7. lorib

    lorib

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    Oh boy - can I ever relate to this thread! (Bunions (ouch! momo- would like to know about your surgery, I'm scared) , plantar fasciitis, broken toe that doesn't want to heal. Misery loves company! I heard from another chef that the orthotics never worked for her - so never wanted to spend that much money - would be curious to hear from others on this investment.
     
  8. pastachef

    pastachef

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    I can empathize with all of you. LoriB, I finally got orthotics myself. At first, I didn't think they were helping, but when I tried to take them out of my shoes it was impossible to walk by mid-morning. So they do help some. Depending upon what your foot problem is, they could help a lot. When I went to work at the University I quickly found out that I was born with short bones I my feet. While I did the housewife/mommie thing I could sit down when my feet hurt, and I thought the pain was normal from being so busy. Working is another thing though. Now I'm rarely pain free without orthotics and Ultram. I hope all of you have found relief in some way. :eek:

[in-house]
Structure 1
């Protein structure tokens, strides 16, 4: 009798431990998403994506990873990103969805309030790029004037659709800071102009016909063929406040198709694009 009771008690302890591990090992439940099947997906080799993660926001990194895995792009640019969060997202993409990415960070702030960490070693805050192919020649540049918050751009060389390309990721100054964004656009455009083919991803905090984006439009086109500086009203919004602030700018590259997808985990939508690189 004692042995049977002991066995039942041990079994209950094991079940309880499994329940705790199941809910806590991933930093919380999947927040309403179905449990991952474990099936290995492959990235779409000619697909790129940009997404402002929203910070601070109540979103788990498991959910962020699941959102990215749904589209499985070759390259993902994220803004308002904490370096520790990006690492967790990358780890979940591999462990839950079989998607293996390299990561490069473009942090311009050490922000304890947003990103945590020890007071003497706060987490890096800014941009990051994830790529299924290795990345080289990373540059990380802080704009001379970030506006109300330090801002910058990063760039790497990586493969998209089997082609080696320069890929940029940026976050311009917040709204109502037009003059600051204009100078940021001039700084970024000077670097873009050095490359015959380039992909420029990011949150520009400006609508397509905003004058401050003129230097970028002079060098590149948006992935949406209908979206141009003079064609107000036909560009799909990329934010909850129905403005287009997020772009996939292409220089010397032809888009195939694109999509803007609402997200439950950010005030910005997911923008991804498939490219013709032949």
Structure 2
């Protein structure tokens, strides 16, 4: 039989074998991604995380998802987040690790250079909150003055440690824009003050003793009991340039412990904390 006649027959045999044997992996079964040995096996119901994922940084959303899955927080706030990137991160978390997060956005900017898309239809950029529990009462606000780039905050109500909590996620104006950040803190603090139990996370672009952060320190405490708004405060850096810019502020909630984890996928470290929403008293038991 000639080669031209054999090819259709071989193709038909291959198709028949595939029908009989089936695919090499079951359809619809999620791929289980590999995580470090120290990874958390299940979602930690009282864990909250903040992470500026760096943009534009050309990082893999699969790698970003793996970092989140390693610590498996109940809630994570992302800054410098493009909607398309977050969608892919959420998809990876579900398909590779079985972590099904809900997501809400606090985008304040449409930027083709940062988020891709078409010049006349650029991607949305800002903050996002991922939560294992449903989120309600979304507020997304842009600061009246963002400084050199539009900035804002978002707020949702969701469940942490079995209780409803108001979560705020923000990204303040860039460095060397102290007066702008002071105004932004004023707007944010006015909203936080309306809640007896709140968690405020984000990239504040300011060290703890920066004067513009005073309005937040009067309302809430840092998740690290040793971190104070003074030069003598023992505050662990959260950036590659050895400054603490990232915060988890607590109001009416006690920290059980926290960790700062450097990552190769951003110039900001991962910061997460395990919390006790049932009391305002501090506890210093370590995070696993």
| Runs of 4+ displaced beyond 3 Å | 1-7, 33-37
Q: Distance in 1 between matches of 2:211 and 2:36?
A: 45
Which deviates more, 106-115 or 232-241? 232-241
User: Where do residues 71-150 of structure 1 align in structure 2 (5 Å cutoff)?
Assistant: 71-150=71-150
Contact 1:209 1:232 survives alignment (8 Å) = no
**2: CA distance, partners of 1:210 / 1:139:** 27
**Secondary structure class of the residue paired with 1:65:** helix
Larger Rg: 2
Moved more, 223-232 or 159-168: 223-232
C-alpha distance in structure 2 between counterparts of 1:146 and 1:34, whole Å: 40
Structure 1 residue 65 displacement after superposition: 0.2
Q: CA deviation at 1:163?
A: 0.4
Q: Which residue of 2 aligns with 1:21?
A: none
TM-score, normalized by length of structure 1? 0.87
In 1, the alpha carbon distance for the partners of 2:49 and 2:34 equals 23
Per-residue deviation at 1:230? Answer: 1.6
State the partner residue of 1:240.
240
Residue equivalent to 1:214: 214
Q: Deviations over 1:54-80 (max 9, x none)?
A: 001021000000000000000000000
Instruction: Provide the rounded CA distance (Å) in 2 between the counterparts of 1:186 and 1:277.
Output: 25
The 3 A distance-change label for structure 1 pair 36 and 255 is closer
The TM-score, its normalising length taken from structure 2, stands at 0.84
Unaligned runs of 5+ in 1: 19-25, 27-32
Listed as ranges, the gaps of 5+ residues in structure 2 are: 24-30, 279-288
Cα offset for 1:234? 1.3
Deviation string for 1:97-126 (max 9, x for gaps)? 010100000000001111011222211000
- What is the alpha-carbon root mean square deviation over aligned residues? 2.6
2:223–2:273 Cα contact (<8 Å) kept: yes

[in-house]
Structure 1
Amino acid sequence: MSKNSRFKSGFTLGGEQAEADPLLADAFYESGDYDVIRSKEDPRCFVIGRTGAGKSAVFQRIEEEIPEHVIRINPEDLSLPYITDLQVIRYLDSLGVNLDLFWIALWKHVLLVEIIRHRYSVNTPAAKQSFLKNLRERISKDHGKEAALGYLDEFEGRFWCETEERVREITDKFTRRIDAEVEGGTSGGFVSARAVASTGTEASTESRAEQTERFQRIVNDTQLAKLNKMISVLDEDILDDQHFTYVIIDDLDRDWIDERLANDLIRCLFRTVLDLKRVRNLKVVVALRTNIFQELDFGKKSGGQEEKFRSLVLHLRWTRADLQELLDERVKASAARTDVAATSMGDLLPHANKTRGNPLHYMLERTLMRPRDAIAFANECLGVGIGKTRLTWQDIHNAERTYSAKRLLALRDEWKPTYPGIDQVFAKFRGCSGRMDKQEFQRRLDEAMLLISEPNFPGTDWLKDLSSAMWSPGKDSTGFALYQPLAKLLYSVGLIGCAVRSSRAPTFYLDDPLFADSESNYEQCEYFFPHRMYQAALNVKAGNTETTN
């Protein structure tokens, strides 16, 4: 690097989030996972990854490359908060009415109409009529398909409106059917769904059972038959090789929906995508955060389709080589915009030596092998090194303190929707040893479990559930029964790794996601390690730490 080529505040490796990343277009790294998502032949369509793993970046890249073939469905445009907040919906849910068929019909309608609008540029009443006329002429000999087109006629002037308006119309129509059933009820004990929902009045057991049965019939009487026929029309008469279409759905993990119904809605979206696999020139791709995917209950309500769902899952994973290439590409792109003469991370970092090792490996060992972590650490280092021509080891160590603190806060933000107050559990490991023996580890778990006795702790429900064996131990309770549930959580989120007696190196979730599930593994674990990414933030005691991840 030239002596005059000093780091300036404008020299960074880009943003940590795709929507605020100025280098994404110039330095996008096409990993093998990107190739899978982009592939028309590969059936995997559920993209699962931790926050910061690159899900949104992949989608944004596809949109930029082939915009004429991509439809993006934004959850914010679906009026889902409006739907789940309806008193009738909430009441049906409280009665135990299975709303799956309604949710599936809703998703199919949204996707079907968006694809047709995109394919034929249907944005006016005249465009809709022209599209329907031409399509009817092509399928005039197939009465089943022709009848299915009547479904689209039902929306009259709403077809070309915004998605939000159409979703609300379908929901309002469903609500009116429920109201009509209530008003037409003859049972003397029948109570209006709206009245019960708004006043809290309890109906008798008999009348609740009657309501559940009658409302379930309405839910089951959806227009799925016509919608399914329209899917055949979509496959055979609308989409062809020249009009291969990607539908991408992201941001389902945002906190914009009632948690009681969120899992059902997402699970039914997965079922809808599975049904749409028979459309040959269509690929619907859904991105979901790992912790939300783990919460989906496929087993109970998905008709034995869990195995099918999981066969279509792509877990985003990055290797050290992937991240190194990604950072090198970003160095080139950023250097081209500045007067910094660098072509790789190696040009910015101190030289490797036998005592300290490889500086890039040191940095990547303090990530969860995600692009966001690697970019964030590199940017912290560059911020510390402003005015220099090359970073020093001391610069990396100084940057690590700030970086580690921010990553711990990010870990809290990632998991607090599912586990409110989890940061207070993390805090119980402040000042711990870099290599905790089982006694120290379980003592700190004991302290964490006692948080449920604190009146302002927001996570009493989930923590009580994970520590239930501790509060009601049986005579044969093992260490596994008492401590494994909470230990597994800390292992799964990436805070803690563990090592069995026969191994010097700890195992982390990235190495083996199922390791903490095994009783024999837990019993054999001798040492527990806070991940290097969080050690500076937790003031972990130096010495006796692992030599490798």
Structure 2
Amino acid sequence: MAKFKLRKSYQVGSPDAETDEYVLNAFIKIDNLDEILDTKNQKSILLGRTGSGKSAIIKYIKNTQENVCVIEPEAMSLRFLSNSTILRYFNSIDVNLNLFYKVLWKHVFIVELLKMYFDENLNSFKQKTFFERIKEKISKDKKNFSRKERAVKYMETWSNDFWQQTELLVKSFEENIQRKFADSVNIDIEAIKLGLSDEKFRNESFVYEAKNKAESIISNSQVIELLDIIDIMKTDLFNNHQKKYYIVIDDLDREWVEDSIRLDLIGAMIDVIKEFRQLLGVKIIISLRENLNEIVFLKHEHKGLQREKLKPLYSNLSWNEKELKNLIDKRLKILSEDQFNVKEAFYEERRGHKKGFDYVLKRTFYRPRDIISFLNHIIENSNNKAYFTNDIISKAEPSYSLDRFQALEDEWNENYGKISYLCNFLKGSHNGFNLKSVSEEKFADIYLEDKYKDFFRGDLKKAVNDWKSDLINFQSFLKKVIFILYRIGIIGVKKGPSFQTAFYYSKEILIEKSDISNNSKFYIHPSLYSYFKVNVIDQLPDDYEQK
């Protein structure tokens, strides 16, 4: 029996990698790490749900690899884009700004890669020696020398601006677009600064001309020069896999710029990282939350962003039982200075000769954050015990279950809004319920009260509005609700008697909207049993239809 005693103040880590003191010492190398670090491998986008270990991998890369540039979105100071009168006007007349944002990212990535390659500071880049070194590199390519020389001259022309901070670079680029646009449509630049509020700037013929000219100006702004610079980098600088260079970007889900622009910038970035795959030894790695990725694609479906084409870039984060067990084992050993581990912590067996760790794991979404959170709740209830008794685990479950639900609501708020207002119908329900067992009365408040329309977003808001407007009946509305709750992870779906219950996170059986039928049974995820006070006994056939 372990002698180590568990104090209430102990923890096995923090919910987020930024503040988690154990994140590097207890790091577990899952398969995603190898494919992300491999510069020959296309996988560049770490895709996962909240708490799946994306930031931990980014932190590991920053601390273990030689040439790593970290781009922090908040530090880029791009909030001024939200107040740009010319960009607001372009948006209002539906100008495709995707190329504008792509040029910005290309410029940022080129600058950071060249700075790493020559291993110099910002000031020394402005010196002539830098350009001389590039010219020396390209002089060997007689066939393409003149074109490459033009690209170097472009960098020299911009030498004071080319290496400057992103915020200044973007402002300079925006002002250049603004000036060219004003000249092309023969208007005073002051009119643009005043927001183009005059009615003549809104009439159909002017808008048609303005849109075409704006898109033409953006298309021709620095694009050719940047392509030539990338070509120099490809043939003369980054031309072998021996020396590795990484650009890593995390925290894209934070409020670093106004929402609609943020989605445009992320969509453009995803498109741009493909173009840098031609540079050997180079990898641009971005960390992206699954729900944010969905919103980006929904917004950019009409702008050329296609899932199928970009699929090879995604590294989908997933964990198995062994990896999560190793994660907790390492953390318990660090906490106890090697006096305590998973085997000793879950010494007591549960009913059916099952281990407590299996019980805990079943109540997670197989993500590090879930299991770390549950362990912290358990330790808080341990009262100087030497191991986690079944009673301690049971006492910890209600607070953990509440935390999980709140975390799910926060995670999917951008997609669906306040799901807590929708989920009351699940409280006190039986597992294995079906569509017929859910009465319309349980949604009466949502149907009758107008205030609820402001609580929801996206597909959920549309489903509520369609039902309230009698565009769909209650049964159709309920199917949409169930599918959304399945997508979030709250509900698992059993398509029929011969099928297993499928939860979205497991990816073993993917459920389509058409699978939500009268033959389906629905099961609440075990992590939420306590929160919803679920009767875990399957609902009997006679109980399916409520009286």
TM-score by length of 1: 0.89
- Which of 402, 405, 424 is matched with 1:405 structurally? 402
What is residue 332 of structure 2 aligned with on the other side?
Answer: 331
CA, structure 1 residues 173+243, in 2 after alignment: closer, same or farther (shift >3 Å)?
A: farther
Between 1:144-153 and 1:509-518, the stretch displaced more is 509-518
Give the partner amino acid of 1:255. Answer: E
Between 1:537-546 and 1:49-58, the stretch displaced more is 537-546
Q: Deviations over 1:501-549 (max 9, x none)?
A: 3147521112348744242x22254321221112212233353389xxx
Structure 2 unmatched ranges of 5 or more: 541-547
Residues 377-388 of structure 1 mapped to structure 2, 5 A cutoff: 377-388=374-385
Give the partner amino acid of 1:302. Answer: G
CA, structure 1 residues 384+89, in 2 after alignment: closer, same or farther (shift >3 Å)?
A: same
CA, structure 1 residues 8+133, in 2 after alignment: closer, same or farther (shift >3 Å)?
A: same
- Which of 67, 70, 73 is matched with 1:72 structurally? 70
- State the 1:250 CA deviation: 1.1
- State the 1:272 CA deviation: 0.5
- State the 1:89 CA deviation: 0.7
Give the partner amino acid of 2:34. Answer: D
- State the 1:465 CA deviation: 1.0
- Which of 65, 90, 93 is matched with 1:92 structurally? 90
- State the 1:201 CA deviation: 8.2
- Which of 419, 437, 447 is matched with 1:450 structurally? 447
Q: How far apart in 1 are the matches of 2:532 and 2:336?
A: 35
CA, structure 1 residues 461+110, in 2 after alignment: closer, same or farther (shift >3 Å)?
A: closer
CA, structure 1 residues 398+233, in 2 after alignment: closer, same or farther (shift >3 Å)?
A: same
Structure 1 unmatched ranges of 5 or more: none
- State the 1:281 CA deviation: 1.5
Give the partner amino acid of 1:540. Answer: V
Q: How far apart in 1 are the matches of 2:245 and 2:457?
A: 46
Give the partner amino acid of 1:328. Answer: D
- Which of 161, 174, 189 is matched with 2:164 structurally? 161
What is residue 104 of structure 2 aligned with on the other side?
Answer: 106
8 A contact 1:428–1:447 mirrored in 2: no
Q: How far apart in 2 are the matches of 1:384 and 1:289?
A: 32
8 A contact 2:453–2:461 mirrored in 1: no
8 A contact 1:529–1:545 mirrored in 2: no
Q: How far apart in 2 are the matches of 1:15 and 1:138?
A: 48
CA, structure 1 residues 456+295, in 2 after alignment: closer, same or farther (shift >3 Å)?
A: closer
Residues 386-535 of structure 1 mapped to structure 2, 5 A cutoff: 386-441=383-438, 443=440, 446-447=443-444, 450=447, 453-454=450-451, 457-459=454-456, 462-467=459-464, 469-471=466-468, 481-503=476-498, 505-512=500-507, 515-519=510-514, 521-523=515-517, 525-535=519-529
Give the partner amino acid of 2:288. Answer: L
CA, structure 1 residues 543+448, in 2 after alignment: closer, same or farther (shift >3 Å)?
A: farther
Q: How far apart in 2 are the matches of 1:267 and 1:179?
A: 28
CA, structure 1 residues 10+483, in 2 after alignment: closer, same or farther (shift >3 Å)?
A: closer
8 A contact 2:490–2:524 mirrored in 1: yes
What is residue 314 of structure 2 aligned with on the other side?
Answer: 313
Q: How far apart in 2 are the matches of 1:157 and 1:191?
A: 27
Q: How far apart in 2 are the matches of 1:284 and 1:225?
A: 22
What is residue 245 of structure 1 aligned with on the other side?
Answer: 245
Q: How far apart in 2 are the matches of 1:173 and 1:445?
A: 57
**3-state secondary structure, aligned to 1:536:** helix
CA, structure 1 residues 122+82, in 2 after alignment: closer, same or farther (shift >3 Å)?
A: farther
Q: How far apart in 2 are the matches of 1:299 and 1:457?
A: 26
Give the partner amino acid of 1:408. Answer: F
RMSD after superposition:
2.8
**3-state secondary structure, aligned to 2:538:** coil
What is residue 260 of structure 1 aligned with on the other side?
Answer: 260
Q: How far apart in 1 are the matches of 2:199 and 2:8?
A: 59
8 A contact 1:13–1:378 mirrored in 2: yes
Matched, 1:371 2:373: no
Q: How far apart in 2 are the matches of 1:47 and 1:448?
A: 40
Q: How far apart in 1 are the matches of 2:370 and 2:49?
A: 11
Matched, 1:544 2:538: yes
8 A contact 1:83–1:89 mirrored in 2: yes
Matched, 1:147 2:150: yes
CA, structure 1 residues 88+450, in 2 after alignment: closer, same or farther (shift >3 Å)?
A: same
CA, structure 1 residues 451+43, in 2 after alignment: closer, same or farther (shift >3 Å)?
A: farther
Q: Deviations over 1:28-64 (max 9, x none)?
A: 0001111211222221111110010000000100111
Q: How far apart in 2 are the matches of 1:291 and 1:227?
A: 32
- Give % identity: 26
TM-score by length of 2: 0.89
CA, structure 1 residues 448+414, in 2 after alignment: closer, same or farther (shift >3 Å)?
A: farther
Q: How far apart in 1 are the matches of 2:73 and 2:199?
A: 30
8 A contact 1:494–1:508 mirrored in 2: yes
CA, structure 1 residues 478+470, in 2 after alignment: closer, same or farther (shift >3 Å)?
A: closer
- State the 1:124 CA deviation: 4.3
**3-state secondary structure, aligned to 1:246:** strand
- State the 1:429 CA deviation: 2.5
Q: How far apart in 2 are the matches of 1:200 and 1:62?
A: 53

9. momoreg

    momoreg

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    Well, LoriB, I was one of those freaks of nature that had bunions, not only on the instep, but on the outstep too. Last year, I found a surgeon who was only willing to do 1 foot at a time, and he did not think my outer bunions were causing me enough pain to operate. I should've found a new Dr. at that point. But I let him do his thing, leaving me with three. The next year, I found a Dr. who would remove the remaining 3, which meant I'd be in a wheelchair for 3 weeks. I wish I had just done all 4 the first time, and not gone with the first surgeon. As long as you have someone (like my wonderful husband), who can wait on you for the 1st 3 days or so, the rest of it is not too bad. They gave me percocet, which I took for 2 days. My feet look nice, and the scarring is barely visible. In the end, they aren't free from pain between the metatarsals, but it's much better than before.